by Stan Wise
Farm Forum Editor
How many mailboxes have you replaced?
If you’ve been farming for any length of time, my guess is that you’ve replaced more than one.
Wouldn’t it be easy to just keep driving and never acknowledge you were the one that destroyed the mailbox with whatever implement you were pulling?
It would be easy, but that’s not how most farmers I know operate. They will come back later and either repair or replace the mailbox.
Because they are good neighbors.
Because it’s the right thing to do.
If you destroy a mailbox, it’s easy to know the right thing to do. Sometimes, however, life gives you a scenario that’s a bit more complicated.
Life has given us that scenario with dicamba-tolerant soybeans.
First, the background. In 2016, farmers were able to plant dicamba-tolerant soybeans. Dicamba is a herbicide that affects soybeans at very low levels. Some formulations of dicamba have been on the market for years, but they are extremely volatile and drift easily. Those old formulations are not labeled for soybeans, but some farmers sprayed them anyway in 2016 on their dicamba-tolerant soybeans. The resulting drift damaged hundreds of thousands of acres of dicamba-intolerant soybeans, trees, and gardens.
It’s pretty obvious those farmers didn’t do the right thing. Tempers were high. One farmer was even murdered over dicamba damage, according to an article published by Modern Farmer (http://bit.ly/2sAnzFS).
The EPA approved two new formulations of dicamba by two different companies for use in 2017 that were supposedly vastly less volatile than the old formulations. It should be noted that Monsanto did not allow university researchers to test its new dicamba formulation for volatility in advance of the EPA approval.
This year, as you are no doubt aware, states across the country have experienced even more reports of dicamba damage. I have heard the rumors, as I’m sure you have, about the reasons behind this. Some say that sales of old (cheaper) formulations of dicamba are higher, suggesting some farmers are spraying the most volatile (and off-label) forms of dicamba on soybeans and cotton. Some rumors say that farmers and applicators aren’t following the strict guidelines for the new formulations — special spray nozzles must be used, spray pressure must be lowered, weather conditions must be perfect, etc.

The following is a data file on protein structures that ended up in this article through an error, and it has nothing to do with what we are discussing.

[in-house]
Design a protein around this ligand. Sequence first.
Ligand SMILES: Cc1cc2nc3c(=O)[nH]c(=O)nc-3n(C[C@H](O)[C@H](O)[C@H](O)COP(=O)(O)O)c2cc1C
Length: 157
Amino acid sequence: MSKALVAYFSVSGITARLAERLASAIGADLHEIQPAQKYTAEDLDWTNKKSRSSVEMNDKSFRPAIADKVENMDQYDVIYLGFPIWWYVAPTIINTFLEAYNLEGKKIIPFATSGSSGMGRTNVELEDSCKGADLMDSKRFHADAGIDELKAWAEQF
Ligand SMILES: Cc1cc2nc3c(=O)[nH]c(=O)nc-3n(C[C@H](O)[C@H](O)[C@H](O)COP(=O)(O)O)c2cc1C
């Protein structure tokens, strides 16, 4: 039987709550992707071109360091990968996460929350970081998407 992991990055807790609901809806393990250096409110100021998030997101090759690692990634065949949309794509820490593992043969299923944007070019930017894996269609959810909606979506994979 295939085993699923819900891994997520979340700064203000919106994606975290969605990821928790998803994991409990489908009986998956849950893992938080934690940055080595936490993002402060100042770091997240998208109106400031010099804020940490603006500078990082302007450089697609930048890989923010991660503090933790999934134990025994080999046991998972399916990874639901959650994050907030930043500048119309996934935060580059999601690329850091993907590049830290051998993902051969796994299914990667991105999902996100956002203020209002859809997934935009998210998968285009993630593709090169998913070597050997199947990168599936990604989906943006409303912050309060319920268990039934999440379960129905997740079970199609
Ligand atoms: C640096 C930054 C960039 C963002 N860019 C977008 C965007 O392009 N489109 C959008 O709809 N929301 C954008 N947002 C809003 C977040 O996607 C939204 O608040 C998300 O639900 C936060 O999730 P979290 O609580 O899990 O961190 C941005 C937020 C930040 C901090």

Some farmers, however, are claiming that they used the new formulations of dicamba, followed all of the required conditions, and still they damaged a neighbor’s crop.
This month research has been released that would seem to vindicate those farmers.
University of Arkansas System Division of Agriculture researchers released results consistent with studies conducted in Missouri and Tennessee (http://bit.ly/2ipNKvb). What these researchers found is that while lab testing showed the new formulations of dicamba to be significantly less volatile than old formulations, field testing shows that volatility between old and new formulations is much less distinguishable.
The researchers in Arkansas showed that in the high temperatures of the growing season, new formulations of dicamba are vaporizing from the soil even 36 hours after application and moving in the air. This results in damage to dicamba-intolerant soybeans at distances even twice the recommended buffer space.
So what’s the right thing to do here?
It’s complicated. On one hand, you’ve got EPA-approved dicamba-tolerant soybeans and EPA-approved dicamba formulations labeled for those soybeans. On the other hand, research has shown that even if you use those two technologies exactly as the law requires, you can still damage a neighbor’s soybeans, garden, or trees.
Crop insurance probably won’t cover your neighbor’s dicamba-damaged beans, and the neighbor with the damaged garden or trees has almost no recourse. It’s unlikely that authorities would be able to prove that you were the one who damaged those neighbors’ crops.
So is it OK for you to use legal products, knowing it might result in damage to your neighbor’s property even if you do everything exactly according to the label?
What will you decide in 2018?